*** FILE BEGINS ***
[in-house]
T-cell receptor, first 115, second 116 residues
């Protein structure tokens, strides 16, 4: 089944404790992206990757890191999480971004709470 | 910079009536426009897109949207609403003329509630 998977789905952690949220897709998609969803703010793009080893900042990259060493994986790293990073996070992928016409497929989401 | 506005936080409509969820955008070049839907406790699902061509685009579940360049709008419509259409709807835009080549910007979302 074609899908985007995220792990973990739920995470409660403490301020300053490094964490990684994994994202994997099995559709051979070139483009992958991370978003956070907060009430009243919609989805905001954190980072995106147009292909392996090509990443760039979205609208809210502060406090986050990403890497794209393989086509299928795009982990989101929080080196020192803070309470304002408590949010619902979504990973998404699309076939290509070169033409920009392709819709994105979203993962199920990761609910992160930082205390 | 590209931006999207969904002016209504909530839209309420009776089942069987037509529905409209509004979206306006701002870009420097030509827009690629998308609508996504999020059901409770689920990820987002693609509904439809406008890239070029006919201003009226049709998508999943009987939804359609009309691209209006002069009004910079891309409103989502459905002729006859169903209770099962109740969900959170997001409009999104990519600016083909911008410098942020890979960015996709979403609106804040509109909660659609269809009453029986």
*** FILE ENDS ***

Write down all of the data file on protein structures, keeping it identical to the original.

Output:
[in-house]
T-cell receptor, first 115, second 116 residues
């Protein structure tokens, strides 16, 4: 089944404790992206990757890191999480971004709470 | 910079009536426009897109949207609403003329509630 998977789905952690949220897709998609969803703010793009080893900042990259060493994986790293990073996070992928016409497929989401 | 506005936080409509969820955008070049839907406790699902061509685009579940360049709008419509259409709807835009080549910007979302 074609899908985007995220792990973990739920995470409660403490301020300053490094964490990684994994994202994997099995559709051979070139483009992958991370978003956070907060009430009243919609989805905001954190980072995106147009292909392996090509990443760039979205609208809210502060406090986050990403890497794209393989086509299928795009982990989101929080080196020192803070309470304002408590949010619902979504990973998404699309076939290509070169033409920009392709819709994105979203993962199920990761609910992160930082205390 | 590209931006999207969904002016209504909530839209309420009776089942069987037509529905409209509004979206306006701002870009420097030509827009690629998308609508996504999020059901409770689920990820987002693609509904439809406008890239070029006919201003009226049709998508999943009987939804359609009309691209209006002069009004910079891309409103989502459905002729006859169903209770099962109740969900959170997001409009999104990519600016083909911008410098942020890979960015996709979403609106804040509109909660659609269809009453029986």